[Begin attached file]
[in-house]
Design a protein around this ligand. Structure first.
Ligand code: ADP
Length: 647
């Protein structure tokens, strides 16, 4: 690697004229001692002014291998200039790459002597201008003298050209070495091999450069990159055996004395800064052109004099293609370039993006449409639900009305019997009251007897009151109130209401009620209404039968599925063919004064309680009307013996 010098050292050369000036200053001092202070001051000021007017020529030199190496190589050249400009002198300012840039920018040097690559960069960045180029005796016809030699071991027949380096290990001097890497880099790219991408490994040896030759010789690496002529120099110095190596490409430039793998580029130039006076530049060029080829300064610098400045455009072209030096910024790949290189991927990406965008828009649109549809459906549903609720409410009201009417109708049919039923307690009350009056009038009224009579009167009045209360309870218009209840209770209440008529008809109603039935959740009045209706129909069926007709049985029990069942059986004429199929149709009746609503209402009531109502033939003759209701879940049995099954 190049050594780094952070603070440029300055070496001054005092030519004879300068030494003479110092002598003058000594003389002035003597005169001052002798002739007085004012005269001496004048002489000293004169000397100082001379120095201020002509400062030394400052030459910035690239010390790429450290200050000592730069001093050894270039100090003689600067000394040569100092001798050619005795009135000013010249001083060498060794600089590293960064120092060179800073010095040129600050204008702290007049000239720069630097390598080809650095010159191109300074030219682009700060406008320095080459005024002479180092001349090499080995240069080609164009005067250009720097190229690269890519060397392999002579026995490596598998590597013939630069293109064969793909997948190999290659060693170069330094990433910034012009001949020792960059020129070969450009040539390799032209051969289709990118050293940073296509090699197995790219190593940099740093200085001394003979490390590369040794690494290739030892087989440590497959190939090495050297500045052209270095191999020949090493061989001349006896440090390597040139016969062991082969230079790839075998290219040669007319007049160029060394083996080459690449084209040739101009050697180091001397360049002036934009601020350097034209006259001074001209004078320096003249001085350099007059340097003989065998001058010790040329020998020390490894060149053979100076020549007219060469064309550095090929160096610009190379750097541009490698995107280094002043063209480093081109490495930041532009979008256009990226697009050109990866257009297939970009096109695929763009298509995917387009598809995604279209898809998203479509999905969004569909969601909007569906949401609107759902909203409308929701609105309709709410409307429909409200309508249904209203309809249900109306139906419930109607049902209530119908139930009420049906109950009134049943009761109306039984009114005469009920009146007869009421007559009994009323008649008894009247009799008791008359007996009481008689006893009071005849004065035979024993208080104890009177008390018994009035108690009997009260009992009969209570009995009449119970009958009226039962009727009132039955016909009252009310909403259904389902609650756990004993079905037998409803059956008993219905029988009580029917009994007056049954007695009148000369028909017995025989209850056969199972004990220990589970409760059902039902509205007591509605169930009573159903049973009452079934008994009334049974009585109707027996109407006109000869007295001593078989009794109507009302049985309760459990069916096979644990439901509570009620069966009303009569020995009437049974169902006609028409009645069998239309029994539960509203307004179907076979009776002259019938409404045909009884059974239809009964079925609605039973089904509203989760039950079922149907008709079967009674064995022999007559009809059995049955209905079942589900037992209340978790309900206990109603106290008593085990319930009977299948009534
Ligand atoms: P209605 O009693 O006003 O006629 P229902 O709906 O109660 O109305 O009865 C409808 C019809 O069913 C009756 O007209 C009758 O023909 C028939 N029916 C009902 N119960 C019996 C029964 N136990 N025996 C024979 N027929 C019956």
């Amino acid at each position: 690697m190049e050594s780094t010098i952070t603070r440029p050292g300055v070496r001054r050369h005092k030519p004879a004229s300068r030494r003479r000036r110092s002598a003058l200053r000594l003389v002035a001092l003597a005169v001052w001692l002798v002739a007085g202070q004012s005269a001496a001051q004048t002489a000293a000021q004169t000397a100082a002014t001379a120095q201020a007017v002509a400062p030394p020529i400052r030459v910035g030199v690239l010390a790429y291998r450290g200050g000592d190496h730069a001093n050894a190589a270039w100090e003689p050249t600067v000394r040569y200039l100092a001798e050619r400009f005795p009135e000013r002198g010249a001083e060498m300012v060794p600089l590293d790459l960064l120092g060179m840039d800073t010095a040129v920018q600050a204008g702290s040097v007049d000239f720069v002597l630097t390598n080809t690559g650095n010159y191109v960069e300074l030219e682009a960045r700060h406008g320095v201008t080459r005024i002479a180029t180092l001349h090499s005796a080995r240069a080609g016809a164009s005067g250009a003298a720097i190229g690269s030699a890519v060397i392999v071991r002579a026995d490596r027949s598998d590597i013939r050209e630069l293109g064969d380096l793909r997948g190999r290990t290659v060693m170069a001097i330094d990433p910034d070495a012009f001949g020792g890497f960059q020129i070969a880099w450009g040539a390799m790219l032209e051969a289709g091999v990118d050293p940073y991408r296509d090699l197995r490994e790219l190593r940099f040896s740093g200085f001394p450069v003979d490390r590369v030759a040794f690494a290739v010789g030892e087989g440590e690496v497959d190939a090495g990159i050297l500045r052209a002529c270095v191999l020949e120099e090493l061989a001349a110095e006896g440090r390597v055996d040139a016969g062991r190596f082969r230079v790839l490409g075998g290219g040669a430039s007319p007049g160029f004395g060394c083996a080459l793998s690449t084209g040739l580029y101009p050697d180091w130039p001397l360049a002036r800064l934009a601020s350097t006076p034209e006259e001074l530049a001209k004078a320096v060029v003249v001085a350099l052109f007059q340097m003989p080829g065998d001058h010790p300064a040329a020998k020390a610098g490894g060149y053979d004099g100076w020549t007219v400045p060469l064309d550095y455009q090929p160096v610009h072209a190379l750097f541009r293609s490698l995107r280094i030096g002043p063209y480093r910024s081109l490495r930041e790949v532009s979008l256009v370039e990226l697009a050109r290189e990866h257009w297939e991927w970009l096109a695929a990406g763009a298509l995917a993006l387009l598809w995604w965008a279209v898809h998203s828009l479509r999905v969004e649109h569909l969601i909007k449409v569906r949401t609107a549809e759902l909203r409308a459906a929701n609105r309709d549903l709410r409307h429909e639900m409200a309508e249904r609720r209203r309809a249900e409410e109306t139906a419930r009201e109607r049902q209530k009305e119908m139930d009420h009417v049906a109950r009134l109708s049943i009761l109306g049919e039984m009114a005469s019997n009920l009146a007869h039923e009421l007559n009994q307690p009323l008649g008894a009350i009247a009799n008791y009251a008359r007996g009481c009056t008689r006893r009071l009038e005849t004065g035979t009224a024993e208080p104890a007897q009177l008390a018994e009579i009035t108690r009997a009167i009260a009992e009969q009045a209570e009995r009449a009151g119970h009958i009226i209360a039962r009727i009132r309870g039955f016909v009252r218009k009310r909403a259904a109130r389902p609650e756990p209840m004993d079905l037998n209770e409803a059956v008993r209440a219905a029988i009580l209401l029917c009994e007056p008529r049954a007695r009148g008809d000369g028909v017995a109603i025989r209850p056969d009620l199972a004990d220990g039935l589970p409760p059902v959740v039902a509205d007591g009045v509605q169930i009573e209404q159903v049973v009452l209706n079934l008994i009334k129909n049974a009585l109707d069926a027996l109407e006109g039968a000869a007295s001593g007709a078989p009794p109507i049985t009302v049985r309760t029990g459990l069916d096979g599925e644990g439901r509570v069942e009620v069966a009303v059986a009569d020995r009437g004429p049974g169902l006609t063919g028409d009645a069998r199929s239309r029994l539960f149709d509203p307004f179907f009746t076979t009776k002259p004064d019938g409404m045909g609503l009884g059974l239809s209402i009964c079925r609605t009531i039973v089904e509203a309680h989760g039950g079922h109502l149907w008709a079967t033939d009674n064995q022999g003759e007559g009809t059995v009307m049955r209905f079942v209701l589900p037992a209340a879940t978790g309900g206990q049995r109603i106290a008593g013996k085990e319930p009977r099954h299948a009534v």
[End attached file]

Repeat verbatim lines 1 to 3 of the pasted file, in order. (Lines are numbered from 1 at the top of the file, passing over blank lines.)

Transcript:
[in-house]
Design a protein around this ligand. Structure first.
Ligand code: ADP